Keeping the home fridge as safe as a commercial fridge is a bit difficult. There is way more stuff per cubic inch, and way less oversight. There are, thankfully, less hands normally going in and out of the fridge at home. (My mother doesn’t believe this as she watched my brother and I as we “fanned” the door 30-40 times in the hour preceding our childhood dinners but I am a grown-up now and I have read a study. I also watch my 2 ½ year-old open and close the freezer door 15 times a minute to check and see if the popsicles have magically appeared, so I can sympathize with my mother’s sentiment.) Ultimately though, maintaining the temperature in the fridge is of critical importance to the safety and palatability of the foods contained therein. So keep on nagging your kids to keep the door closed. Also, in the fridge, chicken must be stored in its proper place, under or at least out of contact with ready-to-eat foods. Store in a container with a tight fitting lid or wrapped tightly in plastic rather than just wrapped in plastic or in its as-purchased container. Storing chicken and other protein items in the back of the fridge is also a good practice as the temperature there does not fluctuate as easily as it does in closer proximity to the door, especially the non-hinged side of the door.

10 Simple Rules for Safety:

1 Do One Thing At A Time
2 Chill Quickly
3 Thaw Slowly
4 Spend As Little Time In the TDZ as Possible
5 Reheat Thoroughly
6 Store Separately
7 Use Quickly
8 Sharp Knife And Secure Board
9 Clean Between Tasks
10 If It Smells Bad It Is Bad

Chicken Stock Tips

• Blanch the bones starting in cold water then pour off the water
• Simmer blanched bones in rewash
• Any time there is a scum on the top of the water, skim it off
• Never stir, but you can press down
• Roasted bones and mire poix = deeper flavor and color
• Not roasted = cleaner more subtle flavor
• Cut the carcass into smaller pieces
• Always start in cold water
• Salt the stock toward the end of simmering
• Always use a non-reactive pan
• Set the pot askew to the burner to create a more focused current
• Charred onion creates clarity and deepens the color
• Parsley stems and other aromatics are frequently added
• Use a chill stick (or a poly bag with ice cubes) to help cool rapidly
• Save the fat from the top of the chilled stock to sauté
• Ladle the simmered stock out of the pot, do not “dump”
• Strain at least 2x-at ladling through a chinois and after reheating through cheesecloth
• Boiling the stock will create cloudiness – keep under 200°F
• Better ingredients make better stock
• Don’t include the gizzards or other organ meats
• Keep mire poix large and add it later in the simmering process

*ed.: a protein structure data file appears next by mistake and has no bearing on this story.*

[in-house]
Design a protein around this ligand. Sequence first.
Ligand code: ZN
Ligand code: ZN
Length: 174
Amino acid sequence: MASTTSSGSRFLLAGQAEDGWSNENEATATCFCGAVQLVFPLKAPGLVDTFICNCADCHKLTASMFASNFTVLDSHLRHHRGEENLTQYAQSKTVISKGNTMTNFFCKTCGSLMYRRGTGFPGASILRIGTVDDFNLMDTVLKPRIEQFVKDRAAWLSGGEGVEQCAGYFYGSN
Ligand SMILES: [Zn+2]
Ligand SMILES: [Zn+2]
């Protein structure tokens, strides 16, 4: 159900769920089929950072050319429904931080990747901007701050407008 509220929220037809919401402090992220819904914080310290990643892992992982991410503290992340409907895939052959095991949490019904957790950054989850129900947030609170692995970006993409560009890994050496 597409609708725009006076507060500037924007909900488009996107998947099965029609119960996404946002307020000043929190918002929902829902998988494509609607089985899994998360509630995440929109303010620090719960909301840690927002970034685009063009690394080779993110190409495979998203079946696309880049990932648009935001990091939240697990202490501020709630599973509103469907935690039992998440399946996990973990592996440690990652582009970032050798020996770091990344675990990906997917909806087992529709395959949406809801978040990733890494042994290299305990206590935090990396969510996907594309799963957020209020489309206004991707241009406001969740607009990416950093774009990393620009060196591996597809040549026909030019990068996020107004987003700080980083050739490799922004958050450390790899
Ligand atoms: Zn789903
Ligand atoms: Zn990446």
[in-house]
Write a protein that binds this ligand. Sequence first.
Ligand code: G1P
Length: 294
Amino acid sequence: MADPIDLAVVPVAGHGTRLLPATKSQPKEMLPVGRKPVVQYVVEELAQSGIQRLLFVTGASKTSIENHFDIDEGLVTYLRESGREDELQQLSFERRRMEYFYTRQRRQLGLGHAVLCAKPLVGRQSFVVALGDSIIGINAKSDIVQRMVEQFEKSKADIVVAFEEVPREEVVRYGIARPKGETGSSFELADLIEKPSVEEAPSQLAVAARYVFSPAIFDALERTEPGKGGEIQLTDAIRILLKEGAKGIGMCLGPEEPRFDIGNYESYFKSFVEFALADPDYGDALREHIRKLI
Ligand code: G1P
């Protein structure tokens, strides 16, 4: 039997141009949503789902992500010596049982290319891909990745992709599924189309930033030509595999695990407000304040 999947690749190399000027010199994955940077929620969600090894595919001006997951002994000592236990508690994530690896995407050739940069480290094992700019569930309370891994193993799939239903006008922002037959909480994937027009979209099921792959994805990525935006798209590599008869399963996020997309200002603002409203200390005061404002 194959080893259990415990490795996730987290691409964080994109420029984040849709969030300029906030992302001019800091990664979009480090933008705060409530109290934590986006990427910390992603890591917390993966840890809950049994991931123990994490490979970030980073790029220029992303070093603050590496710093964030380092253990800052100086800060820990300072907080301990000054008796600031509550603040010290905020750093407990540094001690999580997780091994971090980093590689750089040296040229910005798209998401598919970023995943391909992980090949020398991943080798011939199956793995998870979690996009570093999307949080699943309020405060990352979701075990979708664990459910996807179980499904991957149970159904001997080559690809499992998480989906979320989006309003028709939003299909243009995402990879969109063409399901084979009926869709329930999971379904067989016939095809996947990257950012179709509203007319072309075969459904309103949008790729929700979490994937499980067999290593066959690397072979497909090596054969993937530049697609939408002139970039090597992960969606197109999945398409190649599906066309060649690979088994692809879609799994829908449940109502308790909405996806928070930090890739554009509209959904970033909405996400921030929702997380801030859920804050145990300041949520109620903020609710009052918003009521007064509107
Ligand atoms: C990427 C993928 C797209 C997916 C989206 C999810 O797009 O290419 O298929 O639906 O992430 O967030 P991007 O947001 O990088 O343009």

• Make stock from never-frozen bones
• Use within 3-4 days or freeze quickly in small batches
• Make a rewash from the “spent” bones and freeze to use when making the next batch of stock


One chicken can supply you up to 12 individual pieces of chicken. A good size bird can easily feed a family of four for two meals, one where the protein takes center stage and one where it is in a significant supporting role. Perhaps so significant it may be better referred to as a co-star or a member of an ensemble cast rather than best supporting. (Think Kramer in Seinfeld rather than Newman.) You can roast the whole bird one night for dinner with mashed potatoes and peas, and easily turn the carcass and leftovers into killer chicken soup the next day.

[See the accompanying demonstration below on Chicken Fabrication.]

Don’t feel bad when your first one looks a little like you did it blindfolded. It takes a couple to times to get good. And after about 12 you’ll be excited about buying the whole bird and saving a little green. And perhaps toying with the blindfold idea. (Which Metro’s and Food & Spirits Magazine’s lawyers assure me I am NOT recommending.)


In Escoffier’s Complete Guide to the Art of Modern Cookery, published many moons ago, there are over 60 pages and about 600 different preparations of chicken described. It is because of chicken’s sturdy yet mild flavor profile that such a cacophony is possible. One whole bird gives you a Bubba Gump like list of possibilities. Off the top of my head:
Buffalo Wings
BBQ Wings
Braised Wings
Chicken and Dumplings
Chicken Noodle Soup
Chicken Enchiladas
Rotisserie Chicken
Chicken Parmesan
Roasted Chicken
Marinated Carcasses
Chicken Sandwich
Fried Chicken
Chicken Fried Chicken
Chicken Marsala
Chicken Picatta
Chicken Kiev
Arroz Con Pollo
Chicken Mole
Chicken Gumbo
Chicken Kebab…


One of the great joys of endeavor is the sharing and subsequent rehash that accompanies the event. Don’t travel down this path alone! Talk a friend or your spouse into the kitchen with you to try their hand at cutting one up. Invite family over and let them laugh and enjoy your mangled mess. Then send them home with a bird to try it themselves. The table, and the food we eat from it, has more power to re-center our lives around each other and the earth than any other thing. Certainly more than any other piece of furniture.

Chicken Fabrication

1 MEP  (get your supplies)
2 Place a damp towel under cutting board
3 Remove the wishbone
4 Remove the wing starting at the blade meat
5 Avoid the breast as you come through the joint
6 Separate the wings
7 Cut between the leg and breast
8 Pop the thigh bone out of the hip socket
9 Start your cut under the thigh bone
10 Cut towards the tail bone
11 Peel out the oyster*
12 Separate the leg and thigh
13 Stand up the breast
14 Cut out back bone
15 Remove keel bone
16 Filet rib bones from breast meat
17 Remove the tender
18 Remove tendon from tender
19 12 pieces of chicken
20 Save carcass, bones and trim for stock

Brian O'Malley

Brian O'Malley

Brian O'Malley is a chef instructor at Metropolitan Community College's Institute for the Culinary Arts. A graduate from New England Culinary Institute and a member of the American Culinary Federation, O'Malley worked as the chef/owner of Spread. He was a manager/instructor at the New England Culinary Institute, head chef at Vanilia in Santorini, Greece, and BackNine Grille, assistant food and beverage manager at the Champion's Club and opening chef at BOJO. Brian O'Malley can usually be found in MCC's kitchens, teaching, creating works of culinary genius or debating the perils of out of season tomatoes.